New recognition for small presses

In the annals of publishing, 1983 may go down as the year when America's small presses ''arrived.'' Some 80 percent of the books in the United States come from 20 percent of the publishers - the giants. Centered in New York and Boston, they often seem oblivious to the thousands of smaller presses beyond the Adirondacks. Traditionally mainstream media haven't paid much attention to them, either. But that's beginning to change.

Next month R. R. Bowker, the Xerox-owned company that produces Publishers Weekly, Library Journal, and ''Books in Print,'' will launch Small Press. This new bimonthly ''magazine of independent book publishers'' will be devoted to companies small enough for ''important decisions to be made by a single individual or partnership'' - in other words, the independents, which represent the only segment of publishing that is growing dramatically.

More than 50 small presses spring up each month, according to Len Fulton, co-editor of the International Directory of Literary Magazines and Small Presses (Dustbooks, PO Box 100, Paradise, Calif. 95969). The total is approaching 14,000 , estimates Bruce W. Gray, the publisher for Bowker's magazine group.

One reason for this growth is that new writers regard small as beautiful. While the giants must sell 10,000 copies of a new book to break even, the small presses can survive on 1,000. As a result, they are the first resort of beginners and the avant-garde.

Tracing their ancestry back to the Dial magazine of the 1840s, edited by Margaret Fuller and Ralph Waldo Emerson, the smallest of the small are often the idealistic, idiosyncratic enterprises of writers, poets, or professors. Housed in basements and warehouses, they turn out a book or two a year, and perhaps a magazine, relying on a tiny, dedicated staff not only to edit manuscripts, but also to market the product and type the shipping labels. By contrast, the largest of the independents are long-lived, profitable concerns, whose books are indistinguishable in appearance from those of the giants. These companies often flourish on regional or specialty titles.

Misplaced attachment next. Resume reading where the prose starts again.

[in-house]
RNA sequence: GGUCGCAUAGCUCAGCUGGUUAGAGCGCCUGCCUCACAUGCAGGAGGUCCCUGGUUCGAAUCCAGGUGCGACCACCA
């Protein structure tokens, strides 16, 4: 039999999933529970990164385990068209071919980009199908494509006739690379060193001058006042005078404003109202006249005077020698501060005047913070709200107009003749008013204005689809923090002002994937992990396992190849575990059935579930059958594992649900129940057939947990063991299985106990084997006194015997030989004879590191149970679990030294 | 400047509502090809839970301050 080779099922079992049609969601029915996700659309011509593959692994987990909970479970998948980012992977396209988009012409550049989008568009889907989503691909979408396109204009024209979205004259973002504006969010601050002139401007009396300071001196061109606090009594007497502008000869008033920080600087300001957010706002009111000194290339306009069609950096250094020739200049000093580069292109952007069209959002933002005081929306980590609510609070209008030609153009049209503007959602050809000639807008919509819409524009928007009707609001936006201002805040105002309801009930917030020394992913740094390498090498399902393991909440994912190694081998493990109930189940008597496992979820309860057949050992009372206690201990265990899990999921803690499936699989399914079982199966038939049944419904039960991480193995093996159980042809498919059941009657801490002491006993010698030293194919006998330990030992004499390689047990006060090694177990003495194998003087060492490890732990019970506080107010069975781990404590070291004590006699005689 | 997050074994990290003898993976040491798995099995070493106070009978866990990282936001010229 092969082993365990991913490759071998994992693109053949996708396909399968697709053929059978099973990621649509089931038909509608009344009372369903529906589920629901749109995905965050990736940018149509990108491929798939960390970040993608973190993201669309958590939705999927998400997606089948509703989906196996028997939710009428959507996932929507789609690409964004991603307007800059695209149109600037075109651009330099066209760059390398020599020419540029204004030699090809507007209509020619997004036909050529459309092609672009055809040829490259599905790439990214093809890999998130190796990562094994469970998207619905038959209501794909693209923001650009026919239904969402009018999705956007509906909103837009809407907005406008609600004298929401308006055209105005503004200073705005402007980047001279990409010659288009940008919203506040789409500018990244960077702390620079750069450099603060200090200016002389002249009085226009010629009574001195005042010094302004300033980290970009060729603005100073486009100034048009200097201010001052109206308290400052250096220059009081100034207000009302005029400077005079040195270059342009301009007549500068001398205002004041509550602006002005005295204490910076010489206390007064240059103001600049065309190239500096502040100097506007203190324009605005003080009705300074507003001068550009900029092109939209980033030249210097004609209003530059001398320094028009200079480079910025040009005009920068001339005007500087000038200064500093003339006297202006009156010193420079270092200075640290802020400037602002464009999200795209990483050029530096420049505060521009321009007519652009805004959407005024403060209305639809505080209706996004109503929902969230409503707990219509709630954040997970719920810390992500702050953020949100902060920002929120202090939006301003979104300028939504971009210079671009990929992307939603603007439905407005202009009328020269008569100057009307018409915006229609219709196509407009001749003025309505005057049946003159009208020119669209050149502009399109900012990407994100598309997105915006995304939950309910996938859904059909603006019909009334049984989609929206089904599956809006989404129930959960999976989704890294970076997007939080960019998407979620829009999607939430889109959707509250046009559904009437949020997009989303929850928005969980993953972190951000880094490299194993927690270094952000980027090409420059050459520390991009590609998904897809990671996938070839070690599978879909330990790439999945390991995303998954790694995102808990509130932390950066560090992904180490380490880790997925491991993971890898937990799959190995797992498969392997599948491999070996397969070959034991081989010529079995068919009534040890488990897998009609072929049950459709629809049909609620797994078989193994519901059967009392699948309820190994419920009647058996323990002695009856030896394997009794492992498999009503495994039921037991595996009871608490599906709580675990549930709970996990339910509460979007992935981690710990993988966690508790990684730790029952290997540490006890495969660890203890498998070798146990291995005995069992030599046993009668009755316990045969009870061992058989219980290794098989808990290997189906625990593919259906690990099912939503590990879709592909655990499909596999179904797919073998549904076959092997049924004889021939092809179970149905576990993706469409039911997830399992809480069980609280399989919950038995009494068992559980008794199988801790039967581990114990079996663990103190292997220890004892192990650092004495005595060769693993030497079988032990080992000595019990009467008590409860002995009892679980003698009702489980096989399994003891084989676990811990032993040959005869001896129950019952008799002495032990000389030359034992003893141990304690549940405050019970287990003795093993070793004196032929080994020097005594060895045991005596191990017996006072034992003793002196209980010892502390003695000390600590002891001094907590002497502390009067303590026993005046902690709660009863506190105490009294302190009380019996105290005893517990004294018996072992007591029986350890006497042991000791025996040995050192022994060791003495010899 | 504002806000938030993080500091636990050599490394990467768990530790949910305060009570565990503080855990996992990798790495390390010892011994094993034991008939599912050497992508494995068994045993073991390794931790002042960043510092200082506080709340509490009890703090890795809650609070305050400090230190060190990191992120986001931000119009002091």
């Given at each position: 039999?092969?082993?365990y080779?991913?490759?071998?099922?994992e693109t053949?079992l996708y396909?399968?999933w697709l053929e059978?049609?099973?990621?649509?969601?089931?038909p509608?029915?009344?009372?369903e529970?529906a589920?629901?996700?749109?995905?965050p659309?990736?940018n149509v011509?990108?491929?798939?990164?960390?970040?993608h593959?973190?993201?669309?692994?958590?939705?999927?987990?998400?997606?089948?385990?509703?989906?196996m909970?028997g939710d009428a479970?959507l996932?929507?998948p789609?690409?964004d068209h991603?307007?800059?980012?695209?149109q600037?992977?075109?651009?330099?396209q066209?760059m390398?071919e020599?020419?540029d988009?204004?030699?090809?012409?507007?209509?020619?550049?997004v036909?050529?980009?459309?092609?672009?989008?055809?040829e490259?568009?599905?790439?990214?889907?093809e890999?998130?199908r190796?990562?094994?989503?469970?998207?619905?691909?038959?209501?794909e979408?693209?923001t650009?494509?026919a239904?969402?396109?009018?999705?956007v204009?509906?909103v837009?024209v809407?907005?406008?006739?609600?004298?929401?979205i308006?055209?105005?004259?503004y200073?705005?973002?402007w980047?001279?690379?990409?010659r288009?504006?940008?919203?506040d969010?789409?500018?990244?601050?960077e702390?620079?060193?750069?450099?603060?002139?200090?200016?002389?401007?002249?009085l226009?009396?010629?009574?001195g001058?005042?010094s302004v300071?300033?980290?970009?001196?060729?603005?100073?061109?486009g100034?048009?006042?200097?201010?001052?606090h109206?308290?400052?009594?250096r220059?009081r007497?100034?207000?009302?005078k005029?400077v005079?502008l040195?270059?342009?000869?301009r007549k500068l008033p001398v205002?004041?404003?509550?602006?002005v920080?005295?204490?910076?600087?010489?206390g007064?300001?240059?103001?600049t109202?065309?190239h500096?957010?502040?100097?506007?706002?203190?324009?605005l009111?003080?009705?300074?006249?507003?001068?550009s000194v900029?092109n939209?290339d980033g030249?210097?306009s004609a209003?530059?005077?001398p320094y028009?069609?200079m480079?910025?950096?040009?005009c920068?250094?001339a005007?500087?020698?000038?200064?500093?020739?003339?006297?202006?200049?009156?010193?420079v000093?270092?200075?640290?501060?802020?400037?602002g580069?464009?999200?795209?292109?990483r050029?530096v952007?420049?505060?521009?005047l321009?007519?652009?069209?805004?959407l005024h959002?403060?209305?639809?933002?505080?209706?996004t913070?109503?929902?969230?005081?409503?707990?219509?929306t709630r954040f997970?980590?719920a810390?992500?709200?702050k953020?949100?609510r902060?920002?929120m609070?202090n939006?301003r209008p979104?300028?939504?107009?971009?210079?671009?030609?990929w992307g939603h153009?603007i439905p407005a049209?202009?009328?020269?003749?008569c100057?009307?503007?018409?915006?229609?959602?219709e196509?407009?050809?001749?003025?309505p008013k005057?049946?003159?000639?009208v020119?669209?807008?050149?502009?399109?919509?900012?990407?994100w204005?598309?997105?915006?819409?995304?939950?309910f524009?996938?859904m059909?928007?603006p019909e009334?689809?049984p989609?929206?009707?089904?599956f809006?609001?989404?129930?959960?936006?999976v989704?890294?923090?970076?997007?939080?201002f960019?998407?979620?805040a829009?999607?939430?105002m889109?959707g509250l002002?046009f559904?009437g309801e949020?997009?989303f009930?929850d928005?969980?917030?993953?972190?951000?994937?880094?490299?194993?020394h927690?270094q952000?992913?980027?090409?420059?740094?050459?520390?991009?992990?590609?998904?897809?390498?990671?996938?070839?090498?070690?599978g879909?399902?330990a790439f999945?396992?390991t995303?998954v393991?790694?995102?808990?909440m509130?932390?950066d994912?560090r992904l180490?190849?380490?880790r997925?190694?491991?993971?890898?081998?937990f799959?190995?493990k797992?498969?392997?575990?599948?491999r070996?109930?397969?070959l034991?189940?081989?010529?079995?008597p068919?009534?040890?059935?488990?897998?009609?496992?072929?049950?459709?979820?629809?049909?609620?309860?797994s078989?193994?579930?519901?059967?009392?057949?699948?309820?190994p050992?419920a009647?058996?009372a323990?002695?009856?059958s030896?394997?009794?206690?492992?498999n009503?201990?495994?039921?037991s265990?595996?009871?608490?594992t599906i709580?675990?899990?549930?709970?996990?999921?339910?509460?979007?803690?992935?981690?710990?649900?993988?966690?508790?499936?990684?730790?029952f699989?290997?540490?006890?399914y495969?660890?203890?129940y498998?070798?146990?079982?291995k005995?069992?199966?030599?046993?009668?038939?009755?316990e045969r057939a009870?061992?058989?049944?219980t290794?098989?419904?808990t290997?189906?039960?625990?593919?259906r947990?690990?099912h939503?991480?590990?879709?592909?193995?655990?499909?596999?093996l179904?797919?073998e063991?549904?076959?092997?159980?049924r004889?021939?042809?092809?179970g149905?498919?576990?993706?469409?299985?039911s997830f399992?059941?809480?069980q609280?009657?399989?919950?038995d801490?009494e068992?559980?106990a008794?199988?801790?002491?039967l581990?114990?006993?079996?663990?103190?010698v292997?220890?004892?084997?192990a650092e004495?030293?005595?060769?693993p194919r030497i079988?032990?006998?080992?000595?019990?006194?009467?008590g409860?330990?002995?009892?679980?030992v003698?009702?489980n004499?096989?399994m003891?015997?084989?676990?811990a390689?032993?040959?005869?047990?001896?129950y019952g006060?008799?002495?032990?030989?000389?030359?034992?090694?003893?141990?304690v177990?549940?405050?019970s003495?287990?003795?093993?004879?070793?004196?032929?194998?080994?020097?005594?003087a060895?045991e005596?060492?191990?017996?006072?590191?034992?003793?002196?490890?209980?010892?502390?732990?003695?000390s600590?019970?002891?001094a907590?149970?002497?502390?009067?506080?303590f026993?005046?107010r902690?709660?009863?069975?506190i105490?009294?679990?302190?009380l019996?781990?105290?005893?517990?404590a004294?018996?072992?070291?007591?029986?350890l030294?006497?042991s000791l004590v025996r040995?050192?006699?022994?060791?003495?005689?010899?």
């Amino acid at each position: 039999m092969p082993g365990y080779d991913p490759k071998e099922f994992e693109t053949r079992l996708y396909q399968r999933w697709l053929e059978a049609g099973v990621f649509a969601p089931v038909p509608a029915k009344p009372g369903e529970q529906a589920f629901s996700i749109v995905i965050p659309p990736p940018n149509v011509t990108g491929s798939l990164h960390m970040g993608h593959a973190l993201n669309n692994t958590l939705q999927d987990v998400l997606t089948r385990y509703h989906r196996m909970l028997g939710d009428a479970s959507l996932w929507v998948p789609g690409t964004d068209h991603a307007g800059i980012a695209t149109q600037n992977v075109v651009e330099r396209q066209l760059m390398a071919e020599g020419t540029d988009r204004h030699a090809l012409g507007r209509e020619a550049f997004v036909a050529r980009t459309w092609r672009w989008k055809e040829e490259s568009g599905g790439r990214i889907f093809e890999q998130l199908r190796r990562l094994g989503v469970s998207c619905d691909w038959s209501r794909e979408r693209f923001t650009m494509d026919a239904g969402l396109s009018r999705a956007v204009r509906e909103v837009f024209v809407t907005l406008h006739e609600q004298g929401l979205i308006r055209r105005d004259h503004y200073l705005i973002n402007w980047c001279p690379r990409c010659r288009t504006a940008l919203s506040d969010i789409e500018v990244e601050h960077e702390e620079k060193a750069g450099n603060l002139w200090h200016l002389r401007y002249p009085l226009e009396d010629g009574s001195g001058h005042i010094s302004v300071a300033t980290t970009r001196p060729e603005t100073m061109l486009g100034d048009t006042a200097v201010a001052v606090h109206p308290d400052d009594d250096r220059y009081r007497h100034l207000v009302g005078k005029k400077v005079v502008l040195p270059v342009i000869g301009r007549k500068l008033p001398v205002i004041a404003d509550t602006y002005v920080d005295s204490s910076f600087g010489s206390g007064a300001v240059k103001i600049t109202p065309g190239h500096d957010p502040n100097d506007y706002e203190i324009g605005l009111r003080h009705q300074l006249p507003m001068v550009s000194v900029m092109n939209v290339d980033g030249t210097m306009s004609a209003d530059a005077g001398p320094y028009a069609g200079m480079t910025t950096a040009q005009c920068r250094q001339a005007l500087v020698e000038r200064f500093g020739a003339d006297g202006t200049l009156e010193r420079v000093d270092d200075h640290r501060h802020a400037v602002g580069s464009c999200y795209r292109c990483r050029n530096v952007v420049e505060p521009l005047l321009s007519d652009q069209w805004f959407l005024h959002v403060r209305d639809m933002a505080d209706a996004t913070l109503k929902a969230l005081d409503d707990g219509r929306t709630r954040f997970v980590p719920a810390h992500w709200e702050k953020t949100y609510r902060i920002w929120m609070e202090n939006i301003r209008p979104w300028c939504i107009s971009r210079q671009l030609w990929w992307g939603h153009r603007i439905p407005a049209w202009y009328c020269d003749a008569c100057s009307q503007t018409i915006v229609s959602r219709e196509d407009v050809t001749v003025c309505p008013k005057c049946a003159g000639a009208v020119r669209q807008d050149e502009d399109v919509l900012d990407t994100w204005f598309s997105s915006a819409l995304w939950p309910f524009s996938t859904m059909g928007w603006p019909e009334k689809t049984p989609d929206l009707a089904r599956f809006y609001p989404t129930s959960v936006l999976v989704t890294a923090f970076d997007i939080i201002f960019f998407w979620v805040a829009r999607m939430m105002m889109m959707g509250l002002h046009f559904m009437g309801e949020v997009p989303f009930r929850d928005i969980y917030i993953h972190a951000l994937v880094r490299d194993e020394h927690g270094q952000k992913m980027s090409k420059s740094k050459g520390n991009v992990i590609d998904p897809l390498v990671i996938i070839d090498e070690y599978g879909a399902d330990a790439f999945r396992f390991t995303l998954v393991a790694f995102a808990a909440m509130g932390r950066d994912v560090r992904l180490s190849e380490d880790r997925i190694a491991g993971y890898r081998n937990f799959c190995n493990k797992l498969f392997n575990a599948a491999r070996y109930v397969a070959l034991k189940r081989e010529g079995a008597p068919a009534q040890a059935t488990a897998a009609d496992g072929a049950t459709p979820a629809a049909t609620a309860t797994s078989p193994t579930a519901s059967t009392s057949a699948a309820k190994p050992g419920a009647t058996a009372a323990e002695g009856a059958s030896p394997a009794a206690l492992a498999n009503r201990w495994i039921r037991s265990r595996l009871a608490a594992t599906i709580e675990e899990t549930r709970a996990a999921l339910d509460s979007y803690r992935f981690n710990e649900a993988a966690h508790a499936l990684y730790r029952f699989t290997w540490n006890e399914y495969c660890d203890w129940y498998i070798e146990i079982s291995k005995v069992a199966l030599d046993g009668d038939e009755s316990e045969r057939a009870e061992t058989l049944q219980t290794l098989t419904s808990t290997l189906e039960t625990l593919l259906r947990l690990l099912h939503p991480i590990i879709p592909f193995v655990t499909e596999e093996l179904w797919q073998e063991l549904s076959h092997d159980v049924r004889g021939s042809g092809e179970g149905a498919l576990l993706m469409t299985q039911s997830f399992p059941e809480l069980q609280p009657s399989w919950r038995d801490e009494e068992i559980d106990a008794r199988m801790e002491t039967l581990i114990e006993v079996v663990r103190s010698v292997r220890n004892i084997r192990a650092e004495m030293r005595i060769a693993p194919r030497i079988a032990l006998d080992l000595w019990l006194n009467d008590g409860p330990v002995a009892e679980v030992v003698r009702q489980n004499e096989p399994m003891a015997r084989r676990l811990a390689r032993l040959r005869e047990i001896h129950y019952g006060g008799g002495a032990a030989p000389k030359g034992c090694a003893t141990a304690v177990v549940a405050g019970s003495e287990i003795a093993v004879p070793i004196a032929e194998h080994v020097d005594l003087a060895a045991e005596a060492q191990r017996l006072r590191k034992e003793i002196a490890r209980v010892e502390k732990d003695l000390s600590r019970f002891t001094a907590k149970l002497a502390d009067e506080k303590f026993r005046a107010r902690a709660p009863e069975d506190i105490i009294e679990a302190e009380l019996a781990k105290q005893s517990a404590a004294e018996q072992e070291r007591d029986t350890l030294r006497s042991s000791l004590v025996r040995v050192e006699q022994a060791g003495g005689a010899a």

A few small presses succeed in placing their books in stores nationwide, but the vast majority depend on local distribution and mail orders. As a rule, small press publications are reviewed only by their peers. The Pushcart Press publishes a bellwether anthology each year (see below).

The new Bowker magazine won't feature reviews but will include a column called ''Charmers,'' to highlight volumes deemed outstanding in production or content.

Bruce Gray says that if his company hadn't responded to the needs of independent publishers by launching Small Press, someone else would have. ''We want to teach people how to publish wonderful books. . . . Many of the presses have been awfully cynical about us; they think we just want to make money. Of course we want to make money, . . . but we want to help the small presses by serving them directly. They are becoming stronger and better in what they do and will make waves for the future, and we want to be there.''

Len Fulton, who has been keeping tabs on the independents for more than 20 years, says Bowker's estimate of 14,000 must include single-books publishers, house organs, and other sardines that he tosses out of his net. His own current tally of 3,500 companies represents ''85 percent of what's out there,'' he says. But he does agree with Mr. Gray that growth has been phenomenal; 20 years ago Fulton found only 100 independents to count.

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